Wikipedia is unblocked in Turkey after more than two years as court deems ban ‘unconstitutional’
Turkey lifted its more than two-and-a-half year block on Wikipedia on Thursday, after the country’s top constitutional court ruled the ban unconstitutional. The ruling comes as a win for free speech advocates in a country whose government is widely accused of increasingly eroding citizens’ democratic rights.
“We are thrilled to be reunited with the people of Turkey,” Katherine Maher, executive director of the Wikimedia Foundation, said in a statement Thursday as the online encyclopedia celebrated its 19th year in existence. “We are excited to share this important moment with our Turkish contributor community on behalf of knowledge-seekers everywhere.”
Wikipedia was blocked in Turkey in April of 2017, after an English language page on the volunteer-powered site linked Turkey to support for terrorist groups including Al Qaeda and IS. Turkey’s government, led by President Recep Tayyip Erdogan, enacted the ban by citing a law that enabled it to block access to websites deemed threatening to national security, public order or public well-being.
“Instead of coordinating against terrorism, it has become part of an information source which is running a smear campaign against Turkey in the international arena,” Turkey’s communications ministry said of Wikipedia in a statement at the time of the ban, which applied to the entire website and all its different language pages, not just those in English.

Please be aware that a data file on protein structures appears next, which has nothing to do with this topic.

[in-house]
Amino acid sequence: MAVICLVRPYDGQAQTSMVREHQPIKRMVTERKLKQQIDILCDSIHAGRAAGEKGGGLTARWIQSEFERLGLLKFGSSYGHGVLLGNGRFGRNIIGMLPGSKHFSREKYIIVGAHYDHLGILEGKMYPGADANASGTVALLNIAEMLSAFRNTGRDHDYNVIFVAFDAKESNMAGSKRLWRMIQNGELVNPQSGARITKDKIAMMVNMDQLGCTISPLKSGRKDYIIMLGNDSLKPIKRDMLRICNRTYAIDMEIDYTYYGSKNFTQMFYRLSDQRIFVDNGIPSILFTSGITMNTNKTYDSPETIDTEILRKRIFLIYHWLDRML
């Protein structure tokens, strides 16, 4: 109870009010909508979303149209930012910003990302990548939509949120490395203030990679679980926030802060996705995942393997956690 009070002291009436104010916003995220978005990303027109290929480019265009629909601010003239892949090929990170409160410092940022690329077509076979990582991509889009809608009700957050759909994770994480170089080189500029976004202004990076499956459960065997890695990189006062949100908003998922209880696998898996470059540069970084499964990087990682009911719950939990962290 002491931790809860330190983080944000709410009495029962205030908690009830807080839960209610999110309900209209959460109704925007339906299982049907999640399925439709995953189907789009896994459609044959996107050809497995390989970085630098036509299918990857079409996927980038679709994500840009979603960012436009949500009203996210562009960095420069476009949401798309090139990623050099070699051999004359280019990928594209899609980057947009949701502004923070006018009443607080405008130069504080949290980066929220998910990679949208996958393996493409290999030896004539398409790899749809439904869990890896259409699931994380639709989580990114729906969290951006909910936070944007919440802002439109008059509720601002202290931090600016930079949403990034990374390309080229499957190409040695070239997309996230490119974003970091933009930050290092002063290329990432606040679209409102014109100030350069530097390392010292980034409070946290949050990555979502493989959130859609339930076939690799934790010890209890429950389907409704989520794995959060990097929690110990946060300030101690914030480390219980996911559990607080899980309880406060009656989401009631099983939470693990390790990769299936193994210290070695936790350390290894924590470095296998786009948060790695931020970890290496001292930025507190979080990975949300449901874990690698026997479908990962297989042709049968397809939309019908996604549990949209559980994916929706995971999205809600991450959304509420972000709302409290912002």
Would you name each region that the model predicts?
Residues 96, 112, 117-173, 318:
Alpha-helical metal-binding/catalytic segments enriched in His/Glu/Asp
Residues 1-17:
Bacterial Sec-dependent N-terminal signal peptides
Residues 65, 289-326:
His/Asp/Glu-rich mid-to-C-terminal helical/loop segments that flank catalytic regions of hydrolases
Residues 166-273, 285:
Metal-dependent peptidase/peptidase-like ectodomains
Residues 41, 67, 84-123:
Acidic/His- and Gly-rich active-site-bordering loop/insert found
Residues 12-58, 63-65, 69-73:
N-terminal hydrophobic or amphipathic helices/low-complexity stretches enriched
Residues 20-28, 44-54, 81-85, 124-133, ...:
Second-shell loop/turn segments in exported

Turkish President Recep Tayyip Erdogan attends a news conference in Budapest, Hungary, November 7, 2019.
Bernadett Szabo | Reuters
The Wikipedia page in question, which remains published, noted many countries’ accusations of Turkey as sponsoring Islamist rebel groups in Syria like Al Nursa front, which is Al Qaeda’s Syrian affiliate. Former Vice President Joe Biden in 2014 accused Turkey of being among a group of countries “pour(ing) hundreds of millions of dollars and tens of thousands of tons of weapons into anyone who would fight against (Bashar) Al-Assad.”
Erdogan’s son in law has been accused of facilitating and profiting off of IS’ oil sales, and in early Kurdish battles against ISIS, the Islamist militants were able to attack the Kurds from the Turkish side of the Syrian border, suggesting Turkish support. Former U.S. envoy to the global anti-IS coalition Brett McGurk in 2019 accused Turkey of providing weapons and logistical support to IS. Ankara has denied the charges.
Turkey accused the free online encyclopedia of “manipulating the public through mass media,” and Wikipedia did not comply with requests by the government to edit the articles in question.
The Turkish embassies in London and Abu Dhabi did not reply to CNBC requests for comment on Thursday.
The ban came several months after Turkey’s 2016 attempted coup, the aftermath of which saw Erdogan consolidate power and fire, jail, or suspend thousands of Turkish military personnel, civil servants, judges and educators suspected of being dissidents. Turkey has been listed among the world’s top jailers of journalists by the Committee to Protect Journalists.
Wikimedia filed a series of appeals after the ban was upheld by a court in Ankara that ruled against the foundation. In March of 2018, it began a campaign with the hashtag “We miss Turkey,” translated into Turkish as “Ozledik,” and an image of a black censor bar over the Wikipedia logo.
But in late December, the Turkish Constitutional Court – the highest court able to rule on such an issue – ruled that the ban constituted a “violation of freedom of expression provided in Article 26 of the Constitution,” according to a statement from the court’s general assembly. Access to Wikipedia was restored on Thursday, though some parts of the country are regaining access more slowly than others.
The Wikimedia Foundation said in May of last year that it also challenged the ban in a case put forth to the European Court of Human Rights, to which Turkey is expected to respond in January.
“We will continue to advocate for strong protections for free expression online in Turkey and around the world,” the foundation said in its statement.